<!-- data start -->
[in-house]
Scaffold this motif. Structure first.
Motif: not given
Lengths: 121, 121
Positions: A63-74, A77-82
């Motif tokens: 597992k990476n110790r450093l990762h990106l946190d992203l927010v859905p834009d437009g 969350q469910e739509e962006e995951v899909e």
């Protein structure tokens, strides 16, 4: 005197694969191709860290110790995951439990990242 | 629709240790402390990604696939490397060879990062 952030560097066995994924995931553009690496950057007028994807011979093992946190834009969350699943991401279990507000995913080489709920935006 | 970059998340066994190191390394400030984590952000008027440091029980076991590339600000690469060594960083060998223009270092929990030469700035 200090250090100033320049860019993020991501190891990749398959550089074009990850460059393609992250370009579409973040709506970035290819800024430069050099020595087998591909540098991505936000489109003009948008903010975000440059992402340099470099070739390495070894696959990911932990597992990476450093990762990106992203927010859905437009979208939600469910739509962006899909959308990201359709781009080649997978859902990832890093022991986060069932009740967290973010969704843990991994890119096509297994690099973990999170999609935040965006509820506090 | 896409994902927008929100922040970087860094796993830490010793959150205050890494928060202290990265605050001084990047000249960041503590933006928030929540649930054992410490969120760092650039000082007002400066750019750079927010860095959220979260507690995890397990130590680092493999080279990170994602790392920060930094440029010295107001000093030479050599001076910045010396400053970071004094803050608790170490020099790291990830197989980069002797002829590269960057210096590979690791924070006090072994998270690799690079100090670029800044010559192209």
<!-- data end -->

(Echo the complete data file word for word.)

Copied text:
[in-house]
Scaffold this motif. Structure first.
Motif: not given
Lengths: 121, 121
Positions: A63-74, A77-82
């Motif tokens: 597992k990476n110790r450093l990762h990106l946190d992203l927010v859905p834009d437009g 969350q469910e739509e962006e995951v899909e």
């Protein structure tokens, strides 16, 4: 005197694969191709860290110790995951439990990242 | 629709240790402390990604696939490397060879990062 952030560097066995994924995931553009690496950057007028994807011979093992946190834009969350699943991401279990507000995913080489709920935006 | 970059998340066994190191390394400030984590952000008027440091029980076991590339600000690469060594960083060998223009270092929990030469700035 200090250090100033320049860019993020991501190891990749398959550089074009990850460059393609992250370009579409973040709506970035290819800024430069050099020595087998591909540098991505936000489109003009948008903010975000440059992402340099470099070739390495070894696959990911932990597992990476450093990762990106992203927010859905437009979208939600469910739509962006899909959308990201359709781009080649997978859902990832890093022991986060069932009740967290973010969704843990991994890119096509297994690099973990999170999609935040965006509820506090 | 896409994902927008929100922040970087860094796993830490010793959150205050890494928060202290990265605050001084990047000249960041503590933006928030929540649930054992410490969120760092650039000082007002400066750019750079927010860095959220979260507690995890397990130590680092493999080279990170994602790392920060930094440029010295107001000093030479050599001076910045010396400053970071004094803050608790170490020099790291990830197989980069002797002829590269960057210096590979690791924070006090072994998270690799690079100090670029800044010559192209």